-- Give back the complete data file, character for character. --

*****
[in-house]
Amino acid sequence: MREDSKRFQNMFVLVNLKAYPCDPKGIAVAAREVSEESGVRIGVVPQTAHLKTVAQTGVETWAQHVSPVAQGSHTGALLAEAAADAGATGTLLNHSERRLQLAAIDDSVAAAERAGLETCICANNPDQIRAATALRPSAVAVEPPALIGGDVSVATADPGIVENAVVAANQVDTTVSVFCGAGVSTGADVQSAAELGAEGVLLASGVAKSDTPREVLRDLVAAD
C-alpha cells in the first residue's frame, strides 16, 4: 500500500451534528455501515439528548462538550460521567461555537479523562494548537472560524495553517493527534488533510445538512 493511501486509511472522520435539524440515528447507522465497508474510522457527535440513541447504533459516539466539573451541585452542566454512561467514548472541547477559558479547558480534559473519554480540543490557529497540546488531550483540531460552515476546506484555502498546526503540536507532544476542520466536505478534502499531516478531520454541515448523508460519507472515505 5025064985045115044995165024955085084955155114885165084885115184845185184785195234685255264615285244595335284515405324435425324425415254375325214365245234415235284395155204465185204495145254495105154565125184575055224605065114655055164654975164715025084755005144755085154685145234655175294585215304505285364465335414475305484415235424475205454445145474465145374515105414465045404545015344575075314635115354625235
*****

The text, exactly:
[in-house]
Amino acid sequence: MREDSKRFQNMFVLVNLKAYPCDPKGIAVAAREVSEESGVRIGVVPQTAHLKTVAQTGVETWAQHVSPVAQGSHTGALLAEAAADAGATGTLLNHSERRLQLAAIDDSVAAAERAGLETCICANNPDQIRAATALRPSAVAVEPPALIGGDVSVATADPGIVENAVVAANQVDTTVSVFCGAGVSTGADVQSAAELGAEGVLLASGVAKSDTPREVLRDLVAAD
C-alpha cells in the first residue's frame, strides 16, 4: 500500500451534528455501515439528548462538550460521567461555537479523562494548537472560524495553517493527534488533510445538512 493511501486509511472522520435539524440515528447507522465497508474510522457527535440513541447504533459516539466539573451541585452542566454512561467514548472541547477559558479547558480534559473519554480540543490557529497540546488531550483540531460552515476546506484555502498546526503540536507532544476542520466536505478534502499531516478531520454541515448523508460519507472515505 5025064985045115044995165024955085084955155114885165084885115184845185184785195234685255264615285244595335284515405324435425324425415254375325214365245234415235284395155204465185204495145254495105154565125184575055224605065114655055164654975164715025084755005144755085154685145234655175294585215304505285364465335414475305484415235424475205454445145474465145374515105414465045404545015344575075314635115354625235